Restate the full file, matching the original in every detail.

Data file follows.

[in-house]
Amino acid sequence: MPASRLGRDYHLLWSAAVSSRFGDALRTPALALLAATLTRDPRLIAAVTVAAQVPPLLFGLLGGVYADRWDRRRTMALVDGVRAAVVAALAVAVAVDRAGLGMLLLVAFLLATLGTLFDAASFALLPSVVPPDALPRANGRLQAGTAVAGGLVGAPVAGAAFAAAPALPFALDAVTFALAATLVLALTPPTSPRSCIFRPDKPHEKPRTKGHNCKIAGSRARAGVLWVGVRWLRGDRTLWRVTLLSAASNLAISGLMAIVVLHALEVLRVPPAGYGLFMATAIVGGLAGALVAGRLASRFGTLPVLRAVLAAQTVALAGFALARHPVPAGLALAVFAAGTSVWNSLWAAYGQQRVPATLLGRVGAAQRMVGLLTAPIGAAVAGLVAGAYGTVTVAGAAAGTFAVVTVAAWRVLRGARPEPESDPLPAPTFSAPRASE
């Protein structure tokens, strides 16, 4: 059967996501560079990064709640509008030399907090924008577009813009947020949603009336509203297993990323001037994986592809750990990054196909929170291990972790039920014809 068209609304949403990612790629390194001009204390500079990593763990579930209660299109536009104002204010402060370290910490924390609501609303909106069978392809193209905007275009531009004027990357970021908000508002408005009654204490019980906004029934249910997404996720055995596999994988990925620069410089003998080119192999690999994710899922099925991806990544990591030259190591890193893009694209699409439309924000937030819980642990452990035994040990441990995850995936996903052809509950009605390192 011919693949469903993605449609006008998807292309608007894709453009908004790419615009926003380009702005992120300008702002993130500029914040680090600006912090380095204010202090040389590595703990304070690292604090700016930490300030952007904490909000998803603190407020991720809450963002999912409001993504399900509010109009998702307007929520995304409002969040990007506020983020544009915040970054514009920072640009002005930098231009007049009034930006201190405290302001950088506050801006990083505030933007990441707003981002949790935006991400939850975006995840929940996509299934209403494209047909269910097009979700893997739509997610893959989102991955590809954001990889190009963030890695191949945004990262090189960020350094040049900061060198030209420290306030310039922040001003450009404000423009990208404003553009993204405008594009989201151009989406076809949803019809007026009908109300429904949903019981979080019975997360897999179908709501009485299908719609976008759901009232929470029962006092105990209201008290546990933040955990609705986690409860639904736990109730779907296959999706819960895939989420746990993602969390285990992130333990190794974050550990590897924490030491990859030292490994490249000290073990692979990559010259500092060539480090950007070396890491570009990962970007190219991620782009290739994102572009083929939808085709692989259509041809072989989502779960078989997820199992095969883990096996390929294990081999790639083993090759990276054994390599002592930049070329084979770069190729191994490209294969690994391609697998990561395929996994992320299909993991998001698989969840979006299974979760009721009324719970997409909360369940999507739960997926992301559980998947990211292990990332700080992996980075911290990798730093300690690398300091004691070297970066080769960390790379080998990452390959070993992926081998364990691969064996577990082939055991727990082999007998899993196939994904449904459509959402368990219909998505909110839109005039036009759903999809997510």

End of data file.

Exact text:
[in-house]
Amino acid sequence: MPASRLGRDYHLLWSAAVSSRFGDALRTPALALLAATLTRDPRLIAAVTVAAQVPPLLFGLLGGVYADRWDRRRTMALVDGVRAAVVAALAVAVAVDRAGLGMLLLVAFLLATLGTLFDAASFALLPSVVPPDALPRANGRLQAGTAVAGGLVGAPVAGAAFAAAPALPFALDAVTFALAATLVLALTPPTSPRSCIFRPDKPHEKPRTKGHNCKIAGSRARAGVLWVGVRWLRGDRTLWRVTLLSAASNLAISGLMAIVVLHALEVLRVPPAGYGLFMATAIVGGLAGALVAGRLASRFGTLPVLRAVLAAQTVALAGFALARHPVPAGLALAVFAAGTSVWNSLWAAYGQQRVPATLLGRVGAAQRMVGLLTAPIGAAVAGLVAGAYGTVTVAGAAAGTFAVVTVAAWRVLRGARPEPESDPLPAPTFSAPRASE
């Protein structure tokens, strides 16, 4: 059967996501560079990064709640509008030399907090924008577009813009947020949603009336509203297993990323001037994986592809750990990054196909929170291990972790039920014809 068209609304949403990612790629390194001009204390500079990593763990579930209660299109536009104002204010402060370290910490924390609501609303909106069978392809193209905007275009531009004027990357970021908000508002408005009654204490019980906004029934249910997404996720055995596999994988990925620069410089003998080119192999690999994710899922099925991806990544990591030259190591890193893009694209699409439309924000937030819980642990452990035994040990441990995850995936996903052809509950009605390192 011919693949469903993605449609006008998807292309608007894709453009908004790419615009926003380009702005992120300008702002993130500029914040680090600006912090380095204010202090040389590595703990304070690292604090700016930490300030952007904490909000998803603190407020991720809450963002999912409001993504399900509010109009998702307007929520995304409002969040990007506020983020544009915040970054514009920072640009002005930098231009007049009034930006201190405290302001950088506050801006990083505030933007990441707003981002949790935006991400939850975006995840929940996509299934209403494209047909269910097009979700893997739509997610893959989102991955590809954001990889190009963030890695191949945004990262090189960020350094040049900061060198030209420290306030310039922040001003450009404000423009990208404003553009993204405008594009989201151009989406076809949803019809007026009908109300429904949903019981979080019975997360897999179908709501009485299908719609976008759901009232929470029962006092105990209201008290546990933040955990609705986690409860639904736990109730779907296959999706819960895939989420746990993602969390285990992130333990190794974050550990590897924490030491990859030292490994490249000290073990692979990559010259500092060539480090950007070396890491570009990962970007190219991620782009290739994102572009083929939808085709692989259509041809072989989502779960078989997820199992095969883990096996390929294990081999790639083993090759990276054994390599002592930049070329084979770069190729191994490209294969690994391609697998990561395929996994992320299909993991998001698989969840979006299974979760009721009324719970997409909360369940999507739960997926992301559980998947990211292990990332700080992996980075911290990798730093300690690398300091004691070297970066080769960390790379080998990452390959070993992926081998364990691969064996577990082939055991727990082999007998899993196939994904449904459509959402368990219909998505909110839109005039036009759903999809997510």